Bitterroot 

Legacy Ranch moves forward

The Ravalli County Planning Board gave a thumbs-up to the Legacy Ranch subdivision April 18, recommending that the county commission approve the proposal despite overwhelmingly critical public comment. Now opponents are redoubling efforts to quash a development larger than Corvallis on the fringes of the Lee Metcalf National Wildlife Refuge.

"It's hard for me to imagine that the issues were not raised strongly enough to be given meaningful consideration by the planning board, but for whatever reason, meaningful consideration was not given," says former Ravalli County Commissioner Jim Rokosch. "We'll have to do a better job."

The Legacy Ranch proposal now falls to the Ravalli County Commission, which will hold a public hearing June 3.

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Ravalli County Planner Kevin Waller says the planning board had to weigh nine hours of testimony and 150 written comments in issuing its recommendation, on top of a list of proposed mitigations from Jason Rice of Territorial Landworks LLC, who represented developer Donald Morton.

"They found that the mitigation proposed was sufficient to make a recommendation to the commissioners for approval," Waller says. "They had met the legal requirements from our end and submitted evidence of adequate, or at least conditionally adequate, provisions for water and sanitation."

Rokosch and others believe otherwise. Numerous mitigations for impacts to neighbors and the environment are contained in lot-buyer notifications and subdivision covenants. While those may seem appropriate now, Rokosch says, the surrounding community might not have a say in future attempts to revise or overturn those covenants.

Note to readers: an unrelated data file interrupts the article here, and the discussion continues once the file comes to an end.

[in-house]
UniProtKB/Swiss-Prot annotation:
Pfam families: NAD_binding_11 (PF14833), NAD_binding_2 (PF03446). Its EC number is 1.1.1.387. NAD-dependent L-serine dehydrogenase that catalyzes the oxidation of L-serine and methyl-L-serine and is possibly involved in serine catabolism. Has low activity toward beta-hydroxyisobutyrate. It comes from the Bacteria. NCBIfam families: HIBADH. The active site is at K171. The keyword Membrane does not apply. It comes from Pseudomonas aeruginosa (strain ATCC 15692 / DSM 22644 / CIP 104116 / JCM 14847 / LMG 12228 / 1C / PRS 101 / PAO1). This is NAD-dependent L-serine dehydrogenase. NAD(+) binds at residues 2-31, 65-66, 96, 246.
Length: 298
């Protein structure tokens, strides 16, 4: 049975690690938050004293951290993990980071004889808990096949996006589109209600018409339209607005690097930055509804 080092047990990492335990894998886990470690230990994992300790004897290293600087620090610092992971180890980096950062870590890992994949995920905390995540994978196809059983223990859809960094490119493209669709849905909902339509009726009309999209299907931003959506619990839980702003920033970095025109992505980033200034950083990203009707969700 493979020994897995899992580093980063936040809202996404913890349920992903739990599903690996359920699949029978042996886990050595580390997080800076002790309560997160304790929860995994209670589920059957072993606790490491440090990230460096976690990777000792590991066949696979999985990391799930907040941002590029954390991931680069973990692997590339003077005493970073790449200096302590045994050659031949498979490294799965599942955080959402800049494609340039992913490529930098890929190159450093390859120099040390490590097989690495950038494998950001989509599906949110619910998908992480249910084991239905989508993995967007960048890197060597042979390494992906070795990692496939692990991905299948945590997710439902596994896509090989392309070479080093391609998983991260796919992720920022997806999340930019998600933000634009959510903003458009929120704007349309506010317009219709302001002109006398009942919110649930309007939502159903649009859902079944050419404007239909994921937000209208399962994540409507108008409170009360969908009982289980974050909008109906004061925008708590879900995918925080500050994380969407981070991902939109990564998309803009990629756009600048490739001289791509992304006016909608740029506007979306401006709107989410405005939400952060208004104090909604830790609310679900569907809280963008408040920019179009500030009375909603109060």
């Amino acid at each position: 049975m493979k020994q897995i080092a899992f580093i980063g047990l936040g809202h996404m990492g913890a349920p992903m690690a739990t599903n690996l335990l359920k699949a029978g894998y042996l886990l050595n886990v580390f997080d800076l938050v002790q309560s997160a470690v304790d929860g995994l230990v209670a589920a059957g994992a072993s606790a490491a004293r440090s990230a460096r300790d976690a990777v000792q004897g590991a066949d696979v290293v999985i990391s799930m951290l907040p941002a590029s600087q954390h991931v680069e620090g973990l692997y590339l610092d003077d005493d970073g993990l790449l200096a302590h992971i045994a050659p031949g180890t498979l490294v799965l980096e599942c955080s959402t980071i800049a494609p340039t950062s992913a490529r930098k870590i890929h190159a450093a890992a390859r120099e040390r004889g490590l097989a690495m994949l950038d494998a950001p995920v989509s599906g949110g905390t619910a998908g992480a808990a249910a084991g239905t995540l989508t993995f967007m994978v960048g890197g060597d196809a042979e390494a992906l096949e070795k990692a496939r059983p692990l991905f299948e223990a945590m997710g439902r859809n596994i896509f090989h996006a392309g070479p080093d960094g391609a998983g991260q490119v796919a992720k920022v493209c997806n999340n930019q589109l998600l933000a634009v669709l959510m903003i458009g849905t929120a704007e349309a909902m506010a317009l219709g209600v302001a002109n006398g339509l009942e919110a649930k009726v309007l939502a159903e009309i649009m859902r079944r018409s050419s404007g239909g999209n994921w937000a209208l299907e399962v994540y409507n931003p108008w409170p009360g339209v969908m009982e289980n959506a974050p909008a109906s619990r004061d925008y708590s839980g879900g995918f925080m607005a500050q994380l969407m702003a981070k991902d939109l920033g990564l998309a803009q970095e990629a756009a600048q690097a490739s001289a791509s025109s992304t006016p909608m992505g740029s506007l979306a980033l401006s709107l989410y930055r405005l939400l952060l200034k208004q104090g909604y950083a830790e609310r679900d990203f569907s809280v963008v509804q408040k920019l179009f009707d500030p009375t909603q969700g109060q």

Waller admits nearly 100 percent of the comments received were opposed to the subdivision. Howard Eldridge, one of the two planning board members to deny the proposal, cited that level of opposition in his decision to vote no. But many of those comments simply voiced general disapproval. As the issue moves to the county commission, Bitterrooters for Planning and others are working to ensure that new public comment includes more substantive complaints.

"Raising these issues, providing as much facts and figures as you can to support those issues and the lack of mitigation—frankly, this shouldn't be on the public's head," Rokosch says.

Rice successfully requested a 30-day extension of the commission's review to give planning staff more time to draft a final report. Opponents intend to use every day to strengthen their case.

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